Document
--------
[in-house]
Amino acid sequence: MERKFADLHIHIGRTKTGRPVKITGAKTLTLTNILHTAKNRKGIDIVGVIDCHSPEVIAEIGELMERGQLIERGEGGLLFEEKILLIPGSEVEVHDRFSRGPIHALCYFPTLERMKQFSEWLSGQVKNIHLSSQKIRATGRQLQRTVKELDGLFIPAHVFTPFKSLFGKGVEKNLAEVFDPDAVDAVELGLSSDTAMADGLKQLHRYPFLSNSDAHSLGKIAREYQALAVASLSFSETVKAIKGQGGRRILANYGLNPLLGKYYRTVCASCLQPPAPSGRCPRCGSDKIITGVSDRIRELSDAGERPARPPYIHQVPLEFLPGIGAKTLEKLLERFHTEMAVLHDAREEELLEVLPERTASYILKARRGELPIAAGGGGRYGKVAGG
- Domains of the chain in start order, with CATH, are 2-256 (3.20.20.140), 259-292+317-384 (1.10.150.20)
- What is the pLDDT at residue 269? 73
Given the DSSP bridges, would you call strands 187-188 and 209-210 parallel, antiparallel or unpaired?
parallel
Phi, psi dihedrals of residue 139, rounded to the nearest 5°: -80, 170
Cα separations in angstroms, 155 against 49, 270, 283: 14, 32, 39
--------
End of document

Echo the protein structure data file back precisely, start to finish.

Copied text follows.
[in-house]
Amino acid sequence: MERKFADLHIHIGRTKTGRPVKITGAKTLTLTNILHTAKNRKGIDIVGVIDCHSPEVIAEIGELMERGQLIERGEGGLLFEEKILLIPGSEVEVHDRFSRGPIHALCYFPTLERMKQFSEWLSGQVKNIHLSSQKIRATGRQLQRTVKELDGLFIPAHVFTPFKSLFGKGVEKNLAEVFDPDAVDAVELGLSSDTAMADGLKQLHRYPFLSNSDAHSLGKIAREYQALAVASLSFSETVKAIKGQGGRRILANYGLNPLLGKYYRTVCASCLQPPAPSGRCPRCGSDKIITGVSDRIRELSDAGERPARPPYIHQVPLEFLPGIGAKTLEKLLERFHTEMAVLHDAREEELLEVLPERTASYILKARRGELPIAAGGGGRYGKVAGG
- Domains of the chain in start order, with CATH, are 2-256 (3.20.20.140), 259-292+317-384 (1.10.150.20)
- What is the pLDDT at residue 269? 73
Given the DSSP bridges, would you call strands 187-188 and 209-210 parallel, antiparallel or unpaired?
parallel
Phi, psi dihedrals of residue 139, rounded to the nearest 5°: -80, 170
Cα separations in angstroms, 155 against 49, 270, 283: 14, 32, 39